Winter surfing on Lake Tahoe |

Winter surfing on Lake Tahoe

Jules Hanna prepares to enter the winter water of Tahoe Vista as Scott Gaffney surfs a wave on the outside.
Photo: Brennan Lagasse |

Wind gusts in excess of 40 mph and bone-chilling water don’t seem like a recipe for a good day at Lake Tahoe.

But for a select group of outdoor enthusiasts, the conditions are ripe for rare winter surfing sessions on Big Blue, such as the outings that occurred during the 2016-17 winter season.

“This past winter, we had a pretty good window,” said Brennan Lagasse, a Lake Tahoe resident who has been surfing the lake for more than 10 years. “It’s hard to put it on quantitative sort of level … but we were able to surf multiple times.”

Lagasse, who holds a master’s degree in environment and community from Humboldt State and a bachelor’s degree in sociology and anthropology from Colgate University, said the more wind the better for winter surfing.

“This is not just a novelty; it’s a legitimate thing.”Scott Gaffneyregarding surfing on Lake Tahoe

“Wind direction and intensity,” said the 37-year-old Lagasse, who is an adjunct professor at Sierra Nevada College in Incline Village. “We got gusts of 40 mph. Once you have gusts of 40-45 mph, there are waves to surf.”

He said riding the waves on the lake is similar to ocean surfing, except the water is a lot choppier, and surfers don’t have to worry about predators.

“You are out in the lake, so there are no sharks … never have to worry about it,” said Lagasse with a wry chuckle. “(Also), the buoyancy of the water … it’s a really different feeling. It’s not a groundswell, it’s a wind swell.”


Lagasse said another difference between lake and winter surfing is the repetitiveness of the waves, which come in one after other when it’s really pumping.

“It’s a different style of wave. It’s not like it breaks in the same spot all the time … when the next wave comes in, it might be a little to the left or to the right. It kind of keeps you on your toes,” he said.

Fellow winter surfer Scott Gaffney, who has been surfing the lake for about 17 years, agreed with the assessment.

“It’s typically very messy with peaks everywhere, and the energy of the waves are quite different (than the ocean),” said Gaffney, an Ithaca College graduate who grew up in northern New York and works as a producer for Matchstick Productions. “The ocean is kind of like a boat wake. It will peak in front of you, but if it peaks in front of you, it will recede and the next wave builds. People from the ocean will see the difference.”

Both veteran lake surfers also agreed that the best wind for lake surfing is south or south, southwest.

“The more south the better,” said Gaffney, who has surfed the lake a number of times with Lagasse over the years.

Gaffney said they keep a constant eye on the weather forecasts for the lake because when the conditions add up, it’s time to hit the water.

“This is not just a novelty; it’s a legitimate thing,” said the 48-year-old Gaffney, who Lagasse refers to as one of the best skiers he’s ever seen on the slopes.

Fellow skier and surfer Amie Engerbretson said she is waiting for a chance to get back on the lake after surfing the water body a few years ago.

“I did it once. It’s very fun, but very challenging. It’s super cold,” said the 29-year-old professional skier, who grew up in the Tahoe Basin and lives in Truckee.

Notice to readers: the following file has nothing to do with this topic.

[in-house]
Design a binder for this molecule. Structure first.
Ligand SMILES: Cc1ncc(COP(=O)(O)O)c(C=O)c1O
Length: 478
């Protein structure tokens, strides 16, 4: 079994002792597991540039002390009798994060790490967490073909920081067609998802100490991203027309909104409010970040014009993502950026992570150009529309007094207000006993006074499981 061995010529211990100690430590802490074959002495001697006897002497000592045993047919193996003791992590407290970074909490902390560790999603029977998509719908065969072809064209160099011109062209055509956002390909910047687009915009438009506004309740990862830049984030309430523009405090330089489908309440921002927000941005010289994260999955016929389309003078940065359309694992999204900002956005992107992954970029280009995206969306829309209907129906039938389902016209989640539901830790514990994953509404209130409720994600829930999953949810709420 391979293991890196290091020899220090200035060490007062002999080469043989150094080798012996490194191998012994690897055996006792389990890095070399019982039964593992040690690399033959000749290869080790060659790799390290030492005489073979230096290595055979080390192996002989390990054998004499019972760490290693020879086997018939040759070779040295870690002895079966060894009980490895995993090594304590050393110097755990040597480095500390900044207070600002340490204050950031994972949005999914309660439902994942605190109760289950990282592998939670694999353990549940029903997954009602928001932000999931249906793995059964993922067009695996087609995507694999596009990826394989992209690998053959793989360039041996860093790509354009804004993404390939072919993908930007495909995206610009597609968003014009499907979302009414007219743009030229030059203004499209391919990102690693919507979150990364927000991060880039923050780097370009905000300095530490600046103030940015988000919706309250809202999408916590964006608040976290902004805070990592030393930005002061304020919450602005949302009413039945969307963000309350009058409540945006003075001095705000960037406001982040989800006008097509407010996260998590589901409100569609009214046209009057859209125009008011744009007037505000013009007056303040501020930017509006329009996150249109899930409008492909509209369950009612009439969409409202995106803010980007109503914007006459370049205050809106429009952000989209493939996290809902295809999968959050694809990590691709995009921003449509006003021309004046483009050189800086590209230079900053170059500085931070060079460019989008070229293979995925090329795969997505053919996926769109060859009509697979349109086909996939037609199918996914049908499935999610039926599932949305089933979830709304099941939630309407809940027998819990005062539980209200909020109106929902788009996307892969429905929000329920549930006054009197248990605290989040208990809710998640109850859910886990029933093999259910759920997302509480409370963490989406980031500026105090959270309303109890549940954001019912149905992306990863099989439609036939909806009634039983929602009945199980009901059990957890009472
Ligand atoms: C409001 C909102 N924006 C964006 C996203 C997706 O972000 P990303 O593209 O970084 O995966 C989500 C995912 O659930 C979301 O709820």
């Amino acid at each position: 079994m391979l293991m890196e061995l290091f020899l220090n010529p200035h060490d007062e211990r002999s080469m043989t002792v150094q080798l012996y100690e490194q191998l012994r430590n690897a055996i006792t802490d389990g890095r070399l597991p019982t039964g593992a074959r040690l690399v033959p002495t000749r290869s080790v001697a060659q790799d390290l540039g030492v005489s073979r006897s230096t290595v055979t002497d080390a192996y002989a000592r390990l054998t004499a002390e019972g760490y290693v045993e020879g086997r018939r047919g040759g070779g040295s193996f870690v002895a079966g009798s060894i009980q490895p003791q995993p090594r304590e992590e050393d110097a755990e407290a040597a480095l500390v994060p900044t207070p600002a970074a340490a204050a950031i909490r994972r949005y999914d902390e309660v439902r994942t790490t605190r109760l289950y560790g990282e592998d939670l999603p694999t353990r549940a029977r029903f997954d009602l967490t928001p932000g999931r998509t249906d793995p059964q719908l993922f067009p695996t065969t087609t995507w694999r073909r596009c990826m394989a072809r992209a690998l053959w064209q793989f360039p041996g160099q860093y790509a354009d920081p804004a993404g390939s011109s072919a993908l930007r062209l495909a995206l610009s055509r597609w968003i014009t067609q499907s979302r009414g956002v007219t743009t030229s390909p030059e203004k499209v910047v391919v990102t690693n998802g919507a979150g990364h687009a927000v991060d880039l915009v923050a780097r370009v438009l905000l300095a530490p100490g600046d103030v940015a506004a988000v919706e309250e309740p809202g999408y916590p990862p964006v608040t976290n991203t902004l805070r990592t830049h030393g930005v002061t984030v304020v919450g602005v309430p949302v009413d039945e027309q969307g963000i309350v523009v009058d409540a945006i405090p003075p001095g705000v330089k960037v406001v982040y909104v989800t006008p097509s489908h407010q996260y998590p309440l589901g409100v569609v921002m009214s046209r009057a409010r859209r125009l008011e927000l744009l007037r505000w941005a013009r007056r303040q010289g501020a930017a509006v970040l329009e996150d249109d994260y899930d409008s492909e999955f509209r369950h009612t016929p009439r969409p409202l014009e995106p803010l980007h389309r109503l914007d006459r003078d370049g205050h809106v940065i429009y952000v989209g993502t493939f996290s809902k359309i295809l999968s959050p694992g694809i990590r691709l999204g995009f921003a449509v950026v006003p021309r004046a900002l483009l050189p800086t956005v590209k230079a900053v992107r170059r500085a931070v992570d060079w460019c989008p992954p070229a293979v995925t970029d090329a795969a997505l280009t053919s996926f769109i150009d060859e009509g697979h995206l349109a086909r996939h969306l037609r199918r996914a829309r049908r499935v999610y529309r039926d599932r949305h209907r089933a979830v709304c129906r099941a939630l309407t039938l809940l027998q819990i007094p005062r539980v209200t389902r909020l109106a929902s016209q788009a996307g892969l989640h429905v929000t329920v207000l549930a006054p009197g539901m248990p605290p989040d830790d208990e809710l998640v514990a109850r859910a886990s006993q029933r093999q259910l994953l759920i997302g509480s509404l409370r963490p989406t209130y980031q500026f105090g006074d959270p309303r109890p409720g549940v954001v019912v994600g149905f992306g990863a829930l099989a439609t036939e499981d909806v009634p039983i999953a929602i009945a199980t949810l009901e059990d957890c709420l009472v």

Engerbretson, who surfed at Ski Beach in Incline Village or North Baldwin Beach in South Lake Tahoe, described the waves as “not smooth” but rideable. She said she lasted about an hour before the water temperature led her back to shore.

“Definitely something to try,” said Engerbretson, who holds a bachelor’s degree in media management from Columbia College.


Given the water temperature of the lake, which easily hovers in the low ‘40s during wintertime, the surfers said it’s imperative to wear the proper gear.

“I had a wetsuit since 2000. The water would flush through it like crazy,” said Gaffney, who said he once drove home “fairly hypothermic” after a session in the lake.

Gaffney said he has since traded up, and sports a 6/5 wetsuit along with a hood, glove and booties. The 6/5 represents the thickness of the wetsuit in millimeters.

The 6 represents the thickness of the neoprene in the torso portion of the wetsuit, while the 5 represents the thickness in the extremities, such as the arms and legs.

Lagasse said he used to go out in a 3/2 or a 4/3 wetsuit, but used a 5/4 wetsuit in winter 2016-17.

“It’s mandatory,” he said. “I’ve been out there when its dumping snow … pulling down the visor. It’s kind of a funny scene. You paddle, catch a wave … it’s dumping snow and you’ve got a wave.”

As for surfboards, the specifications are all over the place with some surfers partial to longer boards, while others prefer short boards.

“I’ve seen everything,” said Gaffney, who mainly rode a 6-foot, 8-inch board last winter while surfing at the lake.

As for Lagasse, he was less committed to one particular stick last winter.

“I would change boards all the time,” he said. “A (shorter) board, and then go back to a long board … get a little bit longer paddle, catch the wave, and make the drop.”

Conditions also play a role in determining what board to use, and can be quite different depending on the location of the break.

One of the more popular breaks during the wintertime is in the Agate Bay area on the California side of Lake Tahoe, whose surface area measures a little more than 122,00 acres or roughly 191 square miles.

“Years ago, I would be alone (or) with two or three other guys,” Gaffney said. “Now, there are times when it gets crowded at Agate Bay. Within 10 minutes you can have 20 people out in the water.

“There are days that are legit.”

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